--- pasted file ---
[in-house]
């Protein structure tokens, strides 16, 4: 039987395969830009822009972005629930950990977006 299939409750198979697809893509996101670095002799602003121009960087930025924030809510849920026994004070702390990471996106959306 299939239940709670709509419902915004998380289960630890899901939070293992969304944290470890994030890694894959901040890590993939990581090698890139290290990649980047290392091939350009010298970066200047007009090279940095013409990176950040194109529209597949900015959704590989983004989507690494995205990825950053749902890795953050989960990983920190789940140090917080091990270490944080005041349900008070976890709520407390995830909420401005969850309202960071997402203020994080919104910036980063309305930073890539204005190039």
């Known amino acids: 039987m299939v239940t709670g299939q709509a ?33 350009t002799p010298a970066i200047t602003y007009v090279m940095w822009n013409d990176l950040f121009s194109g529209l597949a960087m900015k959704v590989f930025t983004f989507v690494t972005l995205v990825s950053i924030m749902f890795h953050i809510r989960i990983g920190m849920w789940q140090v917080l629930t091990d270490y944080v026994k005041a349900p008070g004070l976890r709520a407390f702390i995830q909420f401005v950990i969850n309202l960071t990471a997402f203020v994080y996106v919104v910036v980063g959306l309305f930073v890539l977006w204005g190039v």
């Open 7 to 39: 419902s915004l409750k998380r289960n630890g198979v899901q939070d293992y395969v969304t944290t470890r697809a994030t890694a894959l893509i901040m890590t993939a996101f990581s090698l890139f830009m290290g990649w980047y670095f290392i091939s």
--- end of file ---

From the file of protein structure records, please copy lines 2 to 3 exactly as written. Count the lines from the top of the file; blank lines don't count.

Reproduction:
């Protein structure tokens, strides 16, 4: 039987395969830009822009972005629930950990977006 299939409750198979697809893509996101670095002799602003121009960087930025924030809510849920026994004070702390990471996106959306 299939239940709670709509419902915004998380289960630890899901939070293992969304944290470890994030890694894959901040890590993939990581090698890139290290990649980047290392091939350009010298970066200047007009090279940095013409990176950040194109529209597949900015959704590989983004989507690494995205990825950053749902890795953050989960990983920190789940140090917080091990270490944080005041349900008070976890709520407390995830909420401005969850309202960071997402203020994080919104910036980063309305930073890539204005190039």
């Known amino acids: 039987m299939v239940t709670g299939q709509a ?33 350009t002799p010298a970066i200047t602003y007009v090279m940095w822009n013409d990176l950040f121009s194109g529209l597949a960087m900015k959704v590989f930025t983004f989507v690494t972005l995205v990825s950053i924030m749902f890795h953050i809510r989960i990983g920190m849920w789940q140090v917080l629930t091990d270490y944080v026994k005041a349900p008070g004070l976890r709520a407390f702390i995830q909420f401005v950990i969850n309202l960071t990471a997402f203020v994080y996106v919104v910036v980063g959306l309305f930073v890539l977006w204005g190039v």